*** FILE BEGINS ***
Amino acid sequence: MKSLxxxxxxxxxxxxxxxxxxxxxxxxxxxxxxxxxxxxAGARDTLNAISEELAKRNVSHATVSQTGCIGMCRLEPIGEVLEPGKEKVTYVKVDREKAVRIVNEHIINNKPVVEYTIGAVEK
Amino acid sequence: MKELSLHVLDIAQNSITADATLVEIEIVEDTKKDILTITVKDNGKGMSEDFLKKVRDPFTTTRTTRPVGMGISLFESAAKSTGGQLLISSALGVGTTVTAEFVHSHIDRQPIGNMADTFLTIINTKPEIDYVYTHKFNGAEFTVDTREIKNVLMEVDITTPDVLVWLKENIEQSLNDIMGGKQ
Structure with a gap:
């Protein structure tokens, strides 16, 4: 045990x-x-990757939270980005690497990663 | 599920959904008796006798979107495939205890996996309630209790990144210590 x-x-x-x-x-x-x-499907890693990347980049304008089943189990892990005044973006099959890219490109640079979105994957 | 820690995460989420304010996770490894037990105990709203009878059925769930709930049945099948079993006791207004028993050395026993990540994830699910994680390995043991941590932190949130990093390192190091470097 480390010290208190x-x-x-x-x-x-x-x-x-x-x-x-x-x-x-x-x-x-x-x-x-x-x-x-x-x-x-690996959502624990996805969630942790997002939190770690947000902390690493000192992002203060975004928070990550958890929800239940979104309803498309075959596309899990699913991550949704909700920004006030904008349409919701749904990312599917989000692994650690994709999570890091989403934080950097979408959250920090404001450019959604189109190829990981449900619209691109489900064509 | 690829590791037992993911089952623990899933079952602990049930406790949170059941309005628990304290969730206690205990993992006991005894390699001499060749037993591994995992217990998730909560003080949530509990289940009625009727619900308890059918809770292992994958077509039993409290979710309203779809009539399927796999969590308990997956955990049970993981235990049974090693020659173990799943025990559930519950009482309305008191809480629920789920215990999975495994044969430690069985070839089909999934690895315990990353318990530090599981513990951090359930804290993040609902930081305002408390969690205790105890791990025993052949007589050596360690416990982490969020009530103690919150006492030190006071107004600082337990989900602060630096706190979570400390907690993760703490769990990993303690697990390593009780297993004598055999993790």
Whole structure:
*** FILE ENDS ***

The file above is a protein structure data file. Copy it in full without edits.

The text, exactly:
Amino acid sequence: MKSLxxxxxxxxxxxxxxxxxxxxxxxxxxxxxxxxxxxxAGARDTLNAISEELAKRNVSHATVSQTGCIGMCRLEPIGEVLEPGKEKVTYVKVDREKAVRIVNEHIINNKPVVEYTIGAVEK
Amino acid sequence: MKELSLHVLDIAQNSITADATLVEIEIVEDTKKDILTITVKDNGKGMSEDFLKKVRDPFTTTRTTRPVGMGISLFESAAKSTGGQLLISSALGVGTTVTAEFVHSHIDRQPIGNMADTFLTIINTKPEIDYVYTHKFNGAEFTVDTREIKNVLMEVDITTPDVLVWLKENIEQSLNDIMGGKQ
Structure with a gap:
């Protein structure tokens, strides 16, 4: 045990x-x-990757939270980005690497990663 | 599920959904008796006798979107495939205890996996309630209790990144210590 x-x-x-x-x-x-x-499907890693990347980049304008089943189990892990005044973006099959890219490109640079979105994957 | 820690995460989420304010996770490894037990105990709203009878059925769930709930049945099948079993006791207004028993050395026993990540994830699910994680390995043991941590932190949130990093390192190091470097 480390010290208190x-x-x-x-x-x-x-x-x-x-x-x-x-x-x-x-x-x-x-x-x-x-x-x-x-x-x-690996959502624990996805969630942790997002939190770690947000902390690493000192992002203060975004928070990550958890929800239940979104309803498309075959596309899990699913991550949704909700920004006030904008349409919701749904990312599917989000692994650690994709999570890091989403934080950097979408959250920090404001450019959604189109190829990981449900619209691109489900064509 | 690829590791037992993911089952623990899933079952602990049930406790949170059941309005628990304290969730206690205990993992006991005894390699001499060749037993591994995992217990998730909560003080949530509990289940009625009727619900308890059918809770292992994958077509039993409290979710309203779809009539399927796999969590308990997956955990049970993981235990049974090693020659173990799943025990559930519950009482309305008191809480629920789920215990999975495994044969430690069985070839089909999934690895315990990353318990530090599981513990951090359930804290993040609902930081305002408390969690205790105890791990025993052949007589050596360690416990982490969020009530103690919150006492030190006071107004600082337990989900602060630096706190979570400390907690993760703490769990990993303690697990390593009780297993004598055999993790």
Whole structure: